Jordan Jones recently won the Gold President’s Volunteer Service Award, which is awarded for achieving over 250 hours of community service — almost 10-and-a-half days — in one year.
The honor is awarded by the federal government for volunteering at qualified organizations. The gold award requires the most volunteer hours.
Jones primarily volunteers at Crossroads Community Ministries (CCM), a nonprofit organization located in downtown Atlanta that provides homeless people free meals and other services. Jones said he brings his set of skills and knowledge to CCM through many different activities.
“I have done all sorts of things. I have run toiletry and book bag drives, sold fidget spinners to raise money, made sandwiches for them to serve to the homeless, and served breakfast early in the morning in their kitchen,” Jones said.
While serving breakfast has been a great experience for Jones, he saw other community needs where he felt he could help.
“It is definitely the most fun, but I realized I could help out more by doing the other things I did,” he said.
Jones made $373 to donate to CCM by selling fidget spinners, handheld spinning gadgets that have surged in popularity in the past year, to his classmates.
“It also felt good that it was a money donation. I am positive that my friends at CCM know where that money needs to go most,” he said.
In addition to his fidget spinner enterprise, Jones has also organized a toiletry drive for CCM.
“I reached out to various private companies, like my dentist and mother’s health club, who sent loads of toothbrushes, toothpaste, floss and various other staple items that most people don’t think about. I couldn’t imagine living without toothpaste or soap,” Jones said. “I organized the toiletries myself into plastic bags and then gave them to CCM. CCM then distributed the kits to the homeless men, women, and children who walk through their doors everyday praying they get something to eat.”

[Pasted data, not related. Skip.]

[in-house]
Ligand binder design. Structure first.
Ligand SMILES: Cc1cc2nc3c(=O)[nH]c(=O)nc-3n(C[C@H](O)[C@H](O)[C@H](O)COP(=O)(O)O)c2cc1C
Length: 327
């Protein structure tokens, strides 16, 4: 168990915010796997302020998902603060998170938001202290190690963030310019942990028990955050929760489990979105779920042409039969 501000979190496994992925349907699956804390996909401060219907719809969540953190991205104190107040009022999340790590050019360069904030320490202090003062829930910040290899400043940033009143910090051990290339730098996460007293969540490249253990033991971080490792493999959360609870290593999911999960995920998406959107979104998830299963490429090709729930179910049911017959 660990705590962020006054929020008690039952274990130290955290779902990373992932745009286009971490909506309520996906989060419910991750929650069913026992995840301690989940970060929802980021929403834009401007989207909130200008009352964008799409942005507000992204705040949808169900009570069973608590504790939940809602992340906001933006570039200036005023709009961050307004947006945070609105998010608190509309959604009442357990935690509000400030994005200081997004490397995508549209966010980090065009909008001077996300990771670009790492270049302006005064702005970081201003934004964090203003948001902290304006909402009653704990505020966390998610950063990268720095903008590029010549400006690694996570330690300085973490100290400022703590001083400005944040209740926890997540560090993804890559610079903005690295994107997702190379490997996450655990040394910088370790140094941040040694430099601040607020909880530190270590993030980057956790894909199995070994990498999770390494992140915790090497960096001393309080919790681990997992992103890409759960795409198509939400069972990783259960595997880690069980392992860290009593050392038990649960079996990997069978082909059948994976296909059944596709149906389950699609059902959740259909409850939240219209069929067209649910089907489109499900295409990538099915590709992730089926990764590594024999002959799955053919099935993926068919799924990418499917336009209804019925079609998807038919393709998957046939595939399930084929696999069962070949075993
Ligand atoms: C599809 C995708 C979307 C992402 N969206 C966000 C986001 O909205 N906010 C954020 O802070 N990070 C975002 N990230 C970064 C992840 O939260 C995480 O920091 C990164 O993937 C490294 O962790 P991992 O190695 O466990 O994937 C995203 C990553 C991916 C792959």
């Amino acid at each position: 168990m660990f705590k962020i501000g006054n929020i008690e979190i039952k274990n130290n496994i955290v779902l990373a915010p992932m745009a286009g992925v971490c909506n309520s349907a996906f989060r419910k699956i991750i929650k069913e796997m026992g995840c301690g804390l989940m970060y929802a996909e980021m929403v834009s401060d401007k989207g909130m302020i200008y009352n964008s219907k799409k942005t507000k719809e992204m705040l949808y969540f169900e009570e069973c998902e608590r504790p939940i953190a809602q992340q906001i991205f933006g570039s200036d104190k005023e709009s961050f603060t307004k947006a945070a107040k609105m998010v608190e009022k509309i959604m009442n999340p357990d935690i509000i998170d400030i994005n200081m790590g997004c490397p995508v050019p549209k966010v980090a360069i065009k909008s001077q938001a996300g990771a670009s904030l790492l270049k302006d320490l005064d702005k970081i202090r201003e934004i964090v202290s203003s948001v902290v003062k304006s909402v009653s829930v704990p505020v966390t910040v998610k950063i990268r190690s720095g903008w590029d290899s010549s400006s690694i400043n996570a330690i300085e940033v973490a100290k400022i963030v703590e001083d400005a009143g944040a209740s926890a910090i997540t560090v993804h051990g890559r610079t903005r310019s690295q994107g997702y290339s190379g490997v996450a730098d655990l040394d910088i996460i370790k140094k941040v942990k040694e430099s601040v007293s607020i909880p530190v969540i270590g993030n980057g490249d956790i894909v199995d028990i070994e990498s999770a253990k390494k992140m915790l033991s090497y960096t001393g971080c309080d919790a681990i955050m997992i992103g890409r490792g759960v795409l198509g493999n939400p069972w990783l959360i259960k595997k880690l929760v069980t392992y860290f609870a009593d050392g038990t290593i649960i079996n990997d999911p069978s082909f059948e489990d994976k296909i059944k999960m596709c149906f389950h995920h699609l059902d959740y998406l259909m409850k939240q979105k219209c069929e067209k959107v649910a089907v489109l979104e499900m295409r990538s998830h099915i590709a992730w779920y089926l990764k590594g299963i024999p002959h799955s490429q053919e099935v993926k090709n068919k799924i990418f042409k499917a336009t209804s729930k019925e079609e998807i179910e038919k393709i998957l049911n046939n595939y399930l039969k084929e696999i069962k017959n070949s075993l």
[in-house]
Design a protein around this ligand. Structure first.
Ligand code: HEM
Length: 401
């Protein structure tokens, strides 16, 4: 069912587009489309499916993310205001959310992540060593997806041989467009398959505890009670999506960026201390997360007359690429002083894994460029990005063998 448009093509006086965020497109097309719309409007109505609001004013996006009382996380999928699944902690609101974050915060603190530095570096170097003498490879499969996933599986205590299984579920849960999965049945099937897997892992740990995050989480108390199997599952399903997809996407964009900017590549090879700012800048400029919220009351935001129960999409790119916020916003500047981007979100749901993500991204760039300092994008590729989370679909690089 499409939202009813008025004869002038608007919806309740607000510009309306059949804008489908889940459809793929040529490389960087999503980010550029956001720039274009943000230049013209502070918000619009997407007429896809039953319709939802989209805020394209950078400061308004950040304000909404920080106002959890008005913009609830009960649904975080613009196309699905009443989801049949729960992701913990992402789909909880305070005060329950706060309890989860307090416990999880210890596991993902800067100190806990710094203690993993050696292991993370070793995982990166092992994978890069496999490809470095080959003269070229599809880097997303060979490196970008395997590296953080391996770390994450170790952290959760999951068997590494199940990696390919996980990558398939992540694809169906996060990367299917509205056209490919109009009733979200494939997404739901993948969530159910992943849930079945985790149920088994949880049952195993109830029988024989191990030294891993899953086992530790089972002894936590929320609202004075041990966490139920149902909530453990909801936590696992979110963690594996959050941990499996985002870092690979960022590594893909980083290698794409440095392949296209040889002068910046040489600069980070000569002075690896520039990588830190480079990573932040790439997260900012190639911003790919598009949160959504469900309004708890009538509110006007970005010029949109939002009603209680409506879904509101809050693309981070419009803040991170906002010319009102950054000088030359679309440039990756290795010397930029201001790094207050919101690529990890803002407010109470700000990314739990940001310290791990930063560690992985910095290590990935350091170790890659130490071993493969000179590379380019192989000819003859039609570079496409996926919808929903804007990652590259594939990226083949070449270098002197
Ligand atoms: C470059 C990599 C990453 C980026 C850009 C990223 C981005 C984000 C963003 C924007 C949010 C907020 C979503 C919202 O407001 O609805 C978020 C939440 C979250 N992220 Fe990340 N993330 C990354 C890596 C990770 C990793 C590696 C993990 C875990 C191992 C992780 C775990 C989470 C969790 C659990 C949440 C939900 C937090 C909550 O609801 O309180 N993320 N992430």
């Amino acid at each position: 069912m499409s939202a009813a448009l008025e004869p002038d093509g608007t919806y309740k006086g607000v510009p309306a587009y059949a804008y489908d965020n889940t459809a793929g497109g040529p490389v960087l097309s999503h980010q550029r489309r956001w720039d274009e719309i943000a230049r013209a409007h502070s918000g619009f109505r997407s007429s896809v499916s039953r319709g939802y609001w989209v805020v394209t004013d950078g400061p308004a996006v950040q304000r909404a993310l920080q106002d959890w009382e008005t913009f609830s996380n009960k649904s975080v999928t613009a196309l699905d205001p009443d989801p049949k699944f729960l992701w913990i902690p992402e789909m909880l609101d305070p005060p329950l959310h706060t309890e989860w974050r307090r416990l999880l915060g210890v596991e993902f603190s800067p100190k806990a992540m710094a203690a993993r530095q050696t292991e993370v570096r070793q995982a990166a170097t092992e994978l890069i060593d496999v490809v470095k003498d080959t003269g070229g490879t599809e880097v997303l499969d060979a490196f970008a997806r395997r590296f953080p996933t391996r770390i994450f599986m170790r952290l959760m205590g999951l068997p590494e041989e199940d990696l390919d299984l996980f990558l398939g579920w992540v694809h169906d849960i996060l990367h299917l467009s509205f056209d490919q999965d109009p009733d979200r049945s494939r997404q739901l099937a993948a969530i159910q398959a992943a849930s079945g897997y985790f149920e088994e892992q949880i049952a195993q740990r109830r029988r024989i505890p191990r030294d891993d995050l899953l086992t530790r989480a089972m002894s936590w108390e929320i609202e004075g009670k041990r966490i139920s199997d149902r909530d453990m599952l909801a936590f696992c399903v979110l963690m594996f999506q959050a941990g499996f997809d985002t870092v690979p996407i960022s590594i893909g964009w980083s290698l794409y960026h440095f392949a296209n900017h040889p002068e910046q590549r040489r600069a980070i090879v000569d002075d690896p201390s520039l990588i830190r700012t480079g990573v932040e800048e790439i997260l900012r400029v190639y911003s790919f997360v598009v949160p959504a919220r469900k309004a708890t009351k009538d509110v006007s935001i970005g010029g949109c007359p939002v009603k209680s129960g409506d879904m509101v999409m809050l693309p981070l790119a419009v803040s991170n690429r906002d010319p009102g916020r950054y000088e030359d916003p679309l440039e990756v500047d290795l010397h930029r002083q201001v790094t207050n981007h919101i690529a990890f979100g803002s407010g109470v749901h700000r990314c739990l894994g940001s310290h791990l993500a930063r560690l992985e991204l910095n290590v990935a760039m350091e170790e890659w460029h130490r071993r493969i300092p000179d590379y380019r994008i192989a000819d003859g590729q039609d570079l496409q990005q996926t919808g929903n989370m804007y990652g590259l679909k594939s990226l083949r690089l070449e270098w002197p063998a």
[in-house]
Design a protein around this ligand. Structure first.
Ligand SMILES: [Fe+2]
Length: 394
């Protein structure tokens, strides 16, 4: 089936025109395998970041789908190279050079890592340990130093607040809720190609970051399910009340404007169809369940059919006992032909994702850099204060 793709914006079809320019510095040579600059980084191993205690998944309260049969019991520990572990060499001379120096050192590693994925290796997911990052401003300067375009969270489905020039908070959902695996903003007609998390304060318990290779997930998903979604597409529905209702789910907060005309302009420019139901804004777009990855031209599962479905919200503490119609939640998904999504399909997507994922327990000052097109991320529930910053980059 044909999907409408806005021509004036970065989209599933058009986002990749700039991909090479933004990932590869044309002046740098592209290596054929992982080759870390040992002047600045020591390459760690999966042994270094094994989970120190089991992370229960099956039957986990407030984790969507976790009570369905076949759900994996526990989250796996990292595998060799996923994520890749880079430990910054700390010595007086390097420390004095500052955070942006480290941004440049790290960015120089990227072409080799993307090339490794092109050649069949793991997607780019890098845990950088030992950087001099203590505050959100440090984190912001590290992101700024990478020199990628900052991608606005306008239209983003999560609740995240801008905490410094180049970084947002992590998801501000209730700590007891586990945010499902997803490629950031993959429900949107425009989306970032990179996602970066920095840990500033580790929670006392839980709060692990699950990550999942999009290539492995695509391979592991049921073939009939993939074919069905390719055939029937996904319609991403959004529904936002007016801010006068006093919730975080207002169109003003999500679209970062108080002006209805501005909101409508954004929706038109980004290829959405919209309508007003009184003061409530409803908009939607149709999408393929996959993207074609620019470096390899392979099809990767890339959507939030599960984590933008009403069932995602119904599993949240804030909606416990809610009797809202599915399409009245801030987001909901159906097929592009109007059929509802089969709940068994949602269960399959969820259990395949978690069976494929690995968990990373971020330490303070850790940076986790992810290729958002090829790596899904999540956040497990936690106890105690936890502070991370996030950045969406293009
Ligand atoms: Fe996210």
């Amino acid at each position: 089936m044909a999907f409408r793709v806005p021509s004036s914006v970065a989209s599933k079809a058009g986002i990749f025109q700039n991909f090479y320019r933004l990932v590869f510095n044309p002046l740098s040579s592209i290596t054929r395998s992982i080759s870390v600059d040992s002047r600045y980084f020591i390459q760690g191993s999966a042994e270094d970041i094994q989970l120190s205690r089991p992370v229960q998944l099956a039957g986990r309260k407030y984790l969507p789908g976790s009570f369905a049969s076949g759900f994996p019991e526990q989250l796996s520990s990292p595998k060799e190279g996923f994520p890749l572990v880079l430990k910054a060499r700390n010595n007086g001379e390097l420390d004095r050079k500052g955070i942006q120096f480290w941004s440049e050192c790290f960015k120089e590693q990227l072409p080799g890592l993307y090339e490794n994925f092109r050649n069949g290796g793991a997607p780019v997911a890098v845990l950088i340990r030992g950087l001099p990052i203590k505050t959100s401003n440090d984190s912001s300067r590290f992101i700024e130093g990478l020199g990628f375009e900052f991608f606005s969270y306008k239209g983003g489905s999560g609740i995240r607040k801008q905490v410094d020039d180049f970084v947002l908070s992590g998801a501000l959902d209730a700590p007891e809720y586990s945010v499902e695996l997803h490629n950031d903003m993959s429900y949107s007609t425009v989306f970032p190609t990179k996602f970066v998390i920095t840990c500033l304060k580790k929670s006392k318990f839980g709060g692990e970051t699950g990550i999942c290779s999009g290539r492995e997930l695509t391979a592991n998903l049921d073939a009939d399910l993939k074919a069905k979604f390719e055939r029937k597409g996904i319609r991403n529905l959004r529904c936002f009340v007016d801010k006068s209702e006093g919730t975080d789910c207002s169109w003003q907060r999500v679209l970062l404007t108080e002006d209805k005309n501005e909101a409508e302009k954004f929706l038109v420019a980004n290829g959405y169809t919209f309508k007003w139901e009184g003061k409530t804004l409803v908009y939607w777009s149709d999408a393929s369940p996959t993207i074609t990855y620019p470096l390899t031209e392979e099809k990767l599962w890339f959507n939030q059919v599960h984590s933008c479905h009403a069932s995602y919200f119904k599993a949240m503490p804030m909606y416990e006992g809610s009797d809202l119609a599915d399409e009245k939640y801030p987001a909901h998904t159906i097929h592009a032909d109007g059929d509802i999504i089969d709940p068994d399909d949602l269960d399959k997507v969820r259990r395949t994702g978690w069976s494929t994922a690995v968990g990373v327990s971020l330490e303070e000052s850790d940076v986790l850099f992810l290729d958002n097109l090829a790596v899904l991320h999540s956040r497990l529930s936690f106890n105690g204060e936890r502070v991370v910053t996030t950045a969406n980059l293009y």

Jones was inspired to volunteer by his sister’s service accomplishments.
“She really paved the way in introducing service to me. There was never really a big epiphany. Service was just something that I always made sure to do, not because I had to, but because I wanted to,” said Jones. “Usually, if a service opportunity came about, I’d just decide to do it and go with the flow, so to speak. It’s weird, I know, but I haven’t really thought that much of what I’ve done. It was always just common sense to me.”
Jones said his one regret is not getting more of his fellow students and friends to volunteer at CCM, but he is working to make Lovett a certified organization for the President’s Volunteer Service award so hours students spend volunteering for Lovett organizations can count towards receiving the award.
“Looking back, I wish I had gotten more people involved with me,” Jones said. “However, this year, I am working with my service coordinator at school to make Lovett a certified organization for the President’s Volunteer Service Award. The intent is to give students the extra motivation to not just rack up the hours, but rack up the experience of working with the different people of our community.”
Jones plans to attend college in Georgia. He laments he won’t be able to volunteer as frequently as he has while in high school, but hopes others will continue to volunteer as he has.
“There is always time to do something for someone else,” he said.
This article was reported and written by Charlie Benedict, a junior at The Westminster Schools.
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